Some years, it's rainy or snowy while you stand in line, but not this year.
They collect the sap on the Nature Center's property. They don't have that many sugar maples, and collect sap from box elder and silver maple trees, too. That affects the taste of the syrup they produce: it tends to be darker and have a stronger maple flavor. I love it!
Apparently, the last few years haven't been so good for syruping. I heard from one volunteer that they only produced 3 gallons last year.
Inside the sugar shack, an older volunteer was keeping sap boiling. Steam floated off the vats and drifted up and out through the hole in the roof. "I hear last year wasn't a good year for syruping," I commented to him.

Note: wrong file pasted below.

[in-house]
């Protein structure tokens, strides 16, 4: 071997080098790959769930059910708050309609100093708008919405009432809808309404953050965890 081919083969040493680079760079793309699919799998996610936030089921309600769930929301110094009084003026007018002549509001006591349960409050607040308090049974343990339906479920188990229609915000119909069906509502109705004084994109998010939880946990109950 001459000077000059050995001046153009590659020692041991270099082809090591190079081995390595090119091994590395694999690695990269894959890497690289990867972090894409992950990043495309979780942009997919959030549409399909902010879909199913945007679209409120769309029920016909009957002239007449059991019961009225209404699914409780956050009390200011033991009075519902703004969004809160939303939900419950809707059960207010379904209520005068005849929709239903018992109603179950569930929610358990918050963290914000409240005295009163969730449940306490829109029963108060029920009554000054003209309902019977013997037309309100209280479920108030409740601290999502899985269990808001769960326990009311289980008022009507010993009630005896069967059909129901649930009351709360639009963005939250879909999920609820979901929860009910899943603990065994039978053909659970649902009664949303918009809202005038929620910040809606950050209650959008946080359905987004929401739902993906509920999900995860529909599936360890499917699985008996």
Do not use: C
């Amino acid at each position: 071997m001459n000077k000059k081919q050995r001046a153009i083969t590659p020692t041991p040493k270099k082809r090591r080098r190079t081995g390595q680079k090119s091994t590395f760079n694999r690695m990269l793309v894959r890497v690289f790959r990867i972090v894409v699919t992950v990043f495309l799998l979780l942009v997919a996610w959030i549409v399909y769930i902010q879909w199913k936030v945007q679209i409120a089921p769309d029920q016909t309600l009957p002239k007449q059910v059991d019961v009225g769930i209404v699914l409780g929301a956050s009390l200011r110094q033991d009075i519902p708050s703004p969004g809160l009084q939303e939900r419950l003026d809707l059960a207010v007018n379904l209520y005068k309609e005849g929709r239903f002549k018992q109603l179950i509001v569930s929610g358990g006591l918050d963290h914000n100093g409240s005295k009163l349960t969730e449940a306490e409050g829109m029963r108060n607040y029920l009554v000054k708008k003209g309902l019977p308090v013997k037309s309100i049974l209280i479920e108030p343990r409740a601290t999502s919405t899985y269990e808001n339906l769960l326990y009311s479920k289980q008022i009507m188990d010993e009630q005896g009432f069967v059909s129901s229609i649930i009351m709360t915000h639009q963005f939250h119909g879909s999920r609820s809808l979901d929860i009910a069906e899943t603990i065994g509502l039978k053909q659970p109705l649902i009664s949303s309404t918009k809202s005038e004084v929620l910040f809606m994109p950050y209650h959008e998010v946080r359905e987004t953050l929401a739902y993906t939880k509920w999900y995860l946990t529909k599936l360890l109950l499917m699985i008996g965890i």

He looked at me, then leaned in. "It was a damn awful year," he said. He thought that he'd already made more syrup this year than he had all spring last year. "It got warm too fast," he explained. Apparently, when that happens, the sugar in the sap turns to starch, and won't make syrup.